Kenya wades into Serengeti highway controversy


(eTN) – The Kenyan government, with the referendum and promulgation of the country’s new constitution now behind them, is seemingly now once again focusing on matters arising as information filtered out of Nairobi last week over imminent talks with their Tanzanian counterparts over the controversial highway routing presently preferred across the Serengeti, almost parallel to the common border which separates the Serengeti from the Masai Mara in Kenya.

The prospect of the routing, ruining the annual migration of the wildebeest and zebras and potentially decimating the big herds from their present number of an estimated 1.5+ million animals to as few as 200,000, according to case studies by leading global conservation bodies, has raised serious concerns among tourism operators on both sides of the border. Yet, while the Kenyan were more outspoken in the past, as witnessed across a spectrum of social networking sites, their Tanzanian counterparts are rather more subdued, most likely because the country is going to the polls on October 31, the president has, in an ill-considered speech, thrown his weight behind this, instead of the available alternative Southern route. In the best tradition of African politics, no one now wants to be seen to tell the president that he erred in his judgement, lest be seen and then branded as anti government – something which can have serious consequences in this part of the world.

Kenya has reportedly made early approaches through their High Commission in Dar es Salaam and also involved the good offices of the East African Community based in Arusha while ministerial contacts and, in fact, top-level discussions are also said to be lined up in order to resolve the problem, but talks are considered “spicy” as many other pending and unresolved issues are on the agenda between the two neighbors. Relations are, at times, hampered by “being stuck in the past” when antagonistic feelings over economical superiority by Kenya have often led to sharp public spats in the best tradition of the breakup of the first East African Community in 1977, which was followed by closure by more than 7 years of the common borders for all traffic. Hence, it will be wait and see what talks, as and when they take place, can achieve, while not much is expected to happen before Tanzania’s general election is concluded.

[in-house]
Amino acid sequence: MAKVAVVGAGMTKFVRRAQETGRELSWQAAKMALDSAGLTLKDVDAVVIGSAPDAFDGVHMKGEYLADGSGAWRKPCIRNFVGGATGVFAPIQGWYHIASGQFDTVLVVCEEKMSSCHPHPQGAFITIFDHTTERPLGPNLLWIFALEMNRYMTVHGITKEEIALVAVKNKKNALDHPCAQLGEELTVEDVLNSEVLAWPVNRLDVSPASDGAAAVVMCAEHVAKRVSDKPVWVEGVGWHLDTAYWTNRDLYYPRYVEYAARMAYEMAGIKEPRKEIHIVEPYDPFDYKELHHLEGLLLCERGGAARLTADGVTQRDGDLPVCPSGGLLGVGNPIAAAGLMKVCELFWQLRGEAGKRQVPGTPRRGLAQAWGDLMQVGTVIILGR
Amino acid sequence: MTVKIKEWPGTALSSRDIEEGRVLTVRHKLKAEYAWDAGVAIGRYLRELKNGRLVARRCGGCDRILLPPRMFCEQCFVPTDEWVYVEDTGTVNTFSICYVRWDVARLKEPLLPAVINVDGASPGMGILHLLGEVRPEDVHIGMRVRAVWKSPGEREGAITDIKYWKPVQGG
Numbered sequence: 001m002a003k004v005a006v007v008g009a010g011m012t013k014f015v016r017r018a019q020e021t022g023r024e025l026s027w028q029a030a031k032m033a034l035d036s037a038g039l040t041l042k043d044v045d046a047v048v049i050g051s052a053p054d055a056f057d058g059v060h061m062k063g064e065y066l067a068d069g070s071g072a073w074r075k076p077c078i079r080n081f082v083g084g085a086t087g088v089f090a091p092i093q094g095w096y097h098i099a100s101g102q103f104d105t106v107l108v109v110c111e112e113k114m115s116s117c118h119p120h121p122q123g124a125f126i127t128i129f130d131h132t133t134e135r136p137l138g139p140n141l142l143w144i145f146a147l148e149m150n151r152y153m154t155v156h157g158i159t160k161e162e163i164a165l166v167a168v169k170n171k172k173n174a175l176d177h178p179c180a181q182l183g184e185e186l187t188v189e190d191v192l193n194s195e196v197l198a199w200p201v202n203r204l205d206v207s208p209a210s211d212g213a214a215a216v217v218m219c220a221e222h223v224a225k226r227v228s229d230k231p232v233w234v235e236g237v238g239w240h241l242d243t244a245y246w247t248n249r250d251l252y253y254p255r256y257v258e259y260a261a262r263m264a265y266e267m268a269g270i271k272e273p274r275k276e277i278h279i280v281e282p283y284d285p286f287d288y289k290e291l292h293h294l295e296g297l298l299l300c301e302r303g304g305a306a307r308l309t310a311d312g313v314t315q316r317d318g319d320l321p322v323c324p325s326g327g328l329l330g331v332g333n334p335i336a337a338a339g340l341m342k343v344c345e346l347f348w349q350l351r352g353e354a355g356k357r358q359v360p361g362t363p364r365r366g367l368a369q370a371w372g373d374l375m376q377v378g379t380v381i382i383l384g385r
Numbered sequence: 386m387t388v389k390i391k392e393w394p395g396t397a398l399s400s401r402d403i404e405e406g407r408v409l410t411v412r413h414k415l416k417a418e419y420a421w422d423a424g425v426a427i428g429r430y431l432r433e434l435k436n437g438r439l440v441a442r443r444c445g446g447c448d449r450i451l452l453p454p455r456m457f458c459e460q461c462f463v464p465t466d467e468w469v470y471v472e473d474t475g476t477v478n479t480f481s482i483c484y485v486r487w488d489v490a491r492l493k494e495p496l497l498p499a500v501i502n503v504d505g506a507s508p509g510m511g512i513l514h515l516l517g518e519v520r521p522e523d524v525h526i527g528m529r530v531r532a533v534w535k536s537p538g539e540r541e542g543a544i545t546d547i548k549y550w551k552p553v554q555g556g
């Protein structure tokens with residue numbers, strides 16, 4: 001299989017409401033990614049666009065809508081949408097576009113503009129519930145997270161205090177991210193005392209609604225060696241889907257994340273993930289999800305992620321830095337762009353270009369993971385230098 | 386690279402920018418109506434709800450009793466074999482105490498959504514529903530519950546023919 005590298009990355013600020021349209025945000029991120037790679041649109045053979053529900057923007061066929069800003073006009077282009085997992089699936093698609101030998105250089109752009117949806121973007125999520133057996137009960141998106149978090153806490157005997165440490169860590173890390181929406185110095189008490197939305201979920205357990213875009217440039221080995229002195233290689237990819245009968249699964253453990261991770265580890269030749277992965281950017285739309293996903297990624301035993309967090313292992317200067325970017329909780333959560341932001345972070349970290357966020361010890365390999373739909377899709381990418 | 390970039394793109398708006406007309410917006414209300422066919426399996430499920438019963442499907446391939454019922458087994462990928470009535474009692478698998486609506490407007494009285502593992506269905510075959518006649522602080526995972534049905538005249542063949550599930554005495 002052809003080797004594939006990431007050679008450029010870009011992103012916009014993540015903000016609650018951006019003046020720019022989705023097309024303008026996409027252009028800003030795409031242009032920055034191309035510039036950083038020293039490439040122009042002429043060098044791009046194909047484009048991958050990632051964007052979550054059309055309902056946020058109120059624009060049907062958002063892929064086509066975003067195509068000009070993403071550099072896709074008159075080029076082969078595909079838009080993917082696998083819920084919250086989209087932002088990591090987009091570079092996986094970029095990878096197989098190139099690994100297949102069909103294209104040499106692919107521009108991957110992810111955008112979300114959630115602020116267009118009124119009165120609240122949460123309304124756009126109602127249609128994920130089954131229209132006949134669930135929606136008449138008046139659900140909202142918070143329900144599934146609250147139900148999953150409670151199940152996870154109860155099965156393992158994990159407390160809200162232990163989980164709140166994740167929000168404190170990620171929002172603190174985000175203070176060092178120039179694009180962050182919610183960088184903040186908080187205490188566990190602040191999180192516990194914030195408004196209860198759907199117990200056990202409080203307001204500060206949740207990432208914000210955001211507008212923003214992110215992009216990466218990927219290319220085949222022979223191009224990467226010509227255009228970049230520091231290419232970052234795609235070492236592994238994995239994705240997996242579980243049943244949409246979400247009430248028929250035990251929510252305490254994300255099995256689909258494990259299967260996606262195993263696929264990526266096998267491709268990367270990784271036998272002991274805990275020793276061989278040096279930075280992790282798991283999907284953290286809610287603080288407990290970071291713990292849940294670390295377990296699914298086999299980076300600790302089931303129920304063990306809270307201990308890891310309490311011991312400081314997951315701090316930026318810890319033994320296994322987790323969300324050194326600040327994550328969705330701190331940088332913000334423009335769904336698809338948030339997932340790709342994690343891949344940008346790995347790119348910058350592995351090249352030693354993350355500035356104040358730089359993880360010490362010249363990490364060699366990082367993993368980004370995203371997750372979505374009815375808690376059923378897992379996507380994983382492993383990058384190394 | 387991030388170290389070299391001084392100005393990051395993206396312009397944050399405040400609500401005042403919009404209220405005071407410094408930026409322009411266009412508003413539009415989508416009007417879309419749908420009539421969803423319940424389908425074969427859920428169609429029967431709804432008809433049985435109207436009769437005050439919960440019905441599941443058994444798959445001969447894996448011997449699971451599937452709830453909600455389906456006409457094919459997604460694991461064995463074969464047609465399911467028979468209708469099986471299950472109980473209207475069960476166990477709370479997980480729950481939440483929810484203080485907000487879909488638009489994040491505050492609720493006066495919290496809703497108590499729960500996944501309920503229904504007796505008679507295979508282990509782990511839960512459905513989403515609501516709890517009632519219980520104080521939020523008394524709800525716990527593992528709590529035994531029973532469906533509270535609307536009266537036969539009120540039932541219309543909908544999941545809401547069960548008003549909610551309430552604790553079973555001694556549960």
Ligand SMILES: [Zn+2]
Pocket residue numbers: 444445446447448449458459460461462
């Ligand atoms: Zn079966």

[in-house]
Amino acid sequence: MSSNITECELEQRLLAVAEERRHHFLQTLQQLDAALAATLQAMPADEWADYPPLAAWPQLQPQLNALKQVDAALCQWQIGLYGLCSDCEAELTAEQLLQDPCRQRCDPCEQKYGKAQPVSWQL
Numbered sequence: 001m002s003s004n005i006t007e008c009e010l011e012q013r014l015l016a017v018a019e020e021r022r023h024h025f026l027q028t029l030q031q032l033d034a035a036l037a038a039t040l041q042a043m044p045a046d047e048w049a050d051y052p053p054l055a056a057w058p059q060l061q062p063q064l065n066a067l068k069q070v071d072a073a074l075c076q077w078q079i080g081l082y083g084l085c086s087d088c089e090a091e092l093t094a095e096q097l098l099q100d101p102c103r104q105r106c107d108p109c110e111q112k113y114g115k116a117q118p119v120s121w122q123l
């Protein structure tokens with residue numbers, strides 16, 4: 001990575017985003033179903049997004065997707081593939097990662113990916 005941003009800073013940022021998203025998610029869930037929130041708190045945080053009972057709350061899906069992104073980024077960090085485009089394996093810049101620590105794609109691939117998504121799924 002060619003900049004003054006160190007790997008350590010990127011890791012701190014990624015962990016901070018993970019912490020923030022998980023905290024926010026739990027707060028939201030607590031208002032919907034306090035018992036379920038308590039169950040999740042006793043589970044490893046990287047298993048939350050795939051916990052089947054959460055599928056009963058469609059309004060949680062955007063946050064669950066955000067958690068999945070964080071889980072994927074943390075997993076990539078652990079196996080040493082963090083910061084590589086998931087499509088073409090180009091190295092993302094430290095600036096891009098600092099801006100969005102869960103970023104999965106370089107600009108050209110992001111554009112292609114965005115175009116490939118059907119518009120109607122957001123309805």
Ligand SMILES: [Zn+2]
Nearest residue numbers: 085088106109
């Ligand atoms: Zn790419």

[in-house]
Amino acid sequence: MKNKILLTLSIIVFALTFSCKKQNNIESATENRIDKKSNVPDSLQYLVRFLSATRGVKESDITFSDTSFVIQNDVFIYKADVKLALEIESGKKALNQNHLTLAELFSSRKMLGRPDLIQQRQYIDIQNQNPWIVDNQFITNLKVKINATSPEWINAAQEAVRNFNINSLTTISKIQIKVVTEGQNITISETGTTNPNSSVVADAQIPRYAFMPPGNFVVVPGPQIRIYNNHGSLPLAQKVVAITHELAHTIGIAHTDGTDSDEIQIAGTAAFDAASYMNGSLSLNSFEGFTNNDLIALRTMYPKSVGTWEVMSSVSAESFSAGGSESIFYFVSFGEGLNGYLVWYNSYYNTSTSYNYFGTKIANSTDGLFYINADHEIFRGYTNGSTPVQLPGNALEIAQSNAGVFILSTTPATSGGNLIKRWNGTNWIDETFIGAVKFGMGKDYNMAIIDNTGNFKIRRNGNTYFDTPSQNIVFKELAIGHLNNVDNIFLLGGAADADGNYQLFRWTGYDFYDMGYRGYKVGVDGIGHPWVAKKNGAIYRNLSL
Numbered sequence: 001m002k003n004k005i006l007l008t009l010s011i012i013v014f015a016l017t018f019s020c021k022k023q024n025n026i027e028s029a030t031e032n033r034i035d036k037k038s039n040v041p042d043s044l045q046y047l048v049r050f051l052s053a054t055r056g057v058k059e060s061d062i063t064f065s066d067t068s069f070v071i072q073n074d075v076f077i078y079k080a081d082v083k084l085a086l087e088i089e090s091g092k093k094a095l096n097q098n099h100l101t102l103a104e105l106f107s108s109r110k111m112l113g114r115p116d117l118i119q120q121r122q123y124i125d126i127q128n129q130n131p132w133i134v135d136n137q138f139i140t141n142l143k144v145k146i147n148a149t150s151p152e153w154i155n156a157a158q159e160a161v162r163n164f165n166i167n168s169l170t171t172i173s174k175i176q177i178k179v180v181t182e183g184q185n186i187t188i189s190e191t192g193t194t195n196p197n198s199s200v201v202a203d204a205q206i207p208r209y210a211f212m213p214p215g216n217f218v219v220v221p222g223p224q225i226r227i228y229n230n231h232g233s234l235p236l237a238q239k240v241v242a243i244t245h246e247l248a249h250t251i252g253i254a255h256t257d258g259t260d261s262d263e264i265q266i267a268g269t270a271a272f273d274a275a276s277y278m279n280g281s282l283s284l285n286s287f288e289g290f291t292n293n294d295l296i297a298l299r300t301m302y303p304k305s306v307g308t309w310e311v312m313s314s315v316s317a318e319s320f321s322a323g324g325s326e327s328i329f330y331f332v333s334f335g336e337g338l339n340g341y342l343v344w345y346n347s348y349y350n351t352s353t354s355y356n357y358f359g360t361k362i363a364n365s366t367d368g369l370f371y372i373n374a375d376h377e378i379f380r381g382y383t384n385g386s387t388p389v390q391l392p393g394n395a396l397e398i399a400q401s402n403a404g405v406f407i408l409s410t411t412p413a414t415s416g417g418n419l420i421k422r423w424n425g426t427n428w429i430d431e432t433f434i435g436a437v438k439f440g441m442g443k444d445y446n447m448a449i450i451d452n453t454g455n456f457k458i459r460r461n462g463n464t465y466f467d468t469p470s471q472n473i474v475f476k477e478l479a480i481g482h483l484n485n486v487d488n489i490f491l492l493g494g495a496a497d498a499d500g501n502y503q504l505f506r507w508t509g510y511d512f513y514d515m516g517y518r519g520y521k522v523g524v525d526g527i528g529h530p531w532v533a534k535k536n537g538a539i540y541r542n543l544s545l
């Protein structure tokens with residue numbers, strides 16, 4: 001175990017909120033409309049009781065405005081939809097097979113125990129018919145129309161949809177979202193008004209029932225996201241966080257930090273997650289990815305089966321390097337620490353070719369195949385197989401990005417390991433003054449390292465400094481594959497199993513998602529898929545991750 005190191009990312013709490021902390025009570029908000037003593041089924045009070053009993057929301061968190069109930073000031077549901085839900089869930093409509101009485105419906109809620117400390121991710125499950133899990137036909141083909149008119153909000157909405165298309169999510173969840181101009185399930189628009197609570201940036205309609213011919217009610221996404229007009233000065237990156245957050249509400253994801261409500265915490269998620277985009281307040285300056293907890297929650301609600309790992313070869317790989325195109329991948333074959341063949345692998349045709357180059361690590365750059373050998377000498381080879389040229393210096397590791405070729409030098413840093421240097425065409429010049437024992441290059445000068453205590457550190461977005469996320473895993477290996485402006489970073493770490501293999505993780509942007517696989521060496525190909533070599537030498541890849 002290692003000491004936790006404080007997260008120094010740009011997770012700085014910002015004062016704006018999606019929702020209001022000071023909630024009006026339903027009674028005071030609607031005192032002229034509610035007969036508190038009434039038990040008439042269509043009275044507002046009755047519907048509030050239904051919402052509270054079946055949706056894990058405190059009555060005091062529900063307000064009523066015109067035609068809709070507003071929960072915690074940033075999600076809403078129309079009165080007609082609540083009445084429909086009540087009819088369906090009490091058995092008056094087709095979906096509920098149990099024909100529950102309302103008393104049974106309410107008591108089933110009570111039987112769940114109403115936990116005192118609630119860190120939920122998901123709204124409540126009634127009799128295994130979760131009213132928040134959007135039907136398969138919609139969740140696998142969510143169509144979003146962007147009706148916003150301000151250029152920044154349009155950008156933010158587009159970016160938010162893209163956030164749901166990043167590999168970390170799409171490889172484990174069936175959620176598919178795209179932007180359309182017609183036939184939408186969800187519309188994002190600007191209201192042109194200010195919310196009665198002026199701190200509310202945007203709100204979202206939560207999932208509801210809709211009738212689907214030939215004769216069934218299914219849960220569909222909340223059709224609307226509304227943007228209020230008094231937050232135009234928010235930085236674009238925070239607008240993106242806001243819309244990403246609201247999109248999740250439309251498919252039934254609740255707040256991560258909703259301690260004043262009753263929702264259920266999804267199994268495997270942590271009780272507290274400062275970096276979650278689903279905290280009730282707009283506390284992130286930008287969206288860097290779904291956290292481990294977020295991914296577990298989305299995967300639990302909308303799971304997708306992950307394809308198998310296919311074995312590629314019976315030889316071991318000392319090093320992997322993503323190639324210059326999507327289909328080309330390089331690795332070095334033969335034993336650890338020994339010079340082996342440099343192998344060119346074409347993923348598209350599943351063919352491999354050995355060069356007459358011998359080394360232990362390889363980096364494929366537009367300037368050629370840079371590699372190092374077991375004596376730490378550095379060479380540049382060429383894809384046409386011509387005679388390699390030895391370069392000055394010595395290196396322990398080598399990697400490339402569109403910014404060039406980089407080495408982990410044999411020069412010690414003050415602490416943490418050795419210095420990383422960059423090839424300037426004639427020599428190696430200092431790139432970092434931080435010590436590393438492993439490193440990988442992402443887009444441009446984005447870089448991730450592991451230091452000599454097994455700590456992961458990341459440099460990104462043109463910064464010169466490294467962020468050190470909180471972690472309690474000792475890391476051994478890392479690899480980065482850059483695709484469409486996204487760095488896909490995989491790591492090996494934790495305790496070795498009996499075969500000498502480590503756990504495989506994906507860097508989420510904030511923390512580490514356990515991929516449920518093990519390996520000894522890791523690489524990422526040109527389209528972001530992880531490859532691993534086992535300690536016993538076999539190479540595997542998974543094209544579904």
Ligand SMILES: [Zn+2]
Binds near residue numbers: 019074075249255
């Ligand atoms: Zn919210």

Meanwhile, reports have emerged that Facebook has tampered with the global efforts to move the road to the available Southern route, when reports emerged that the “Stop the Serengeti Highway” page administrators were unable to post items or make changes, and that clicking on links posted by third parties was for a while impossible, too. This led to prompt allegations that FB had been gotten to and was party to muzzling discontent and restricting the freedom of speech, available to the FB management in the US but allegedly now denied to the global community by their actions.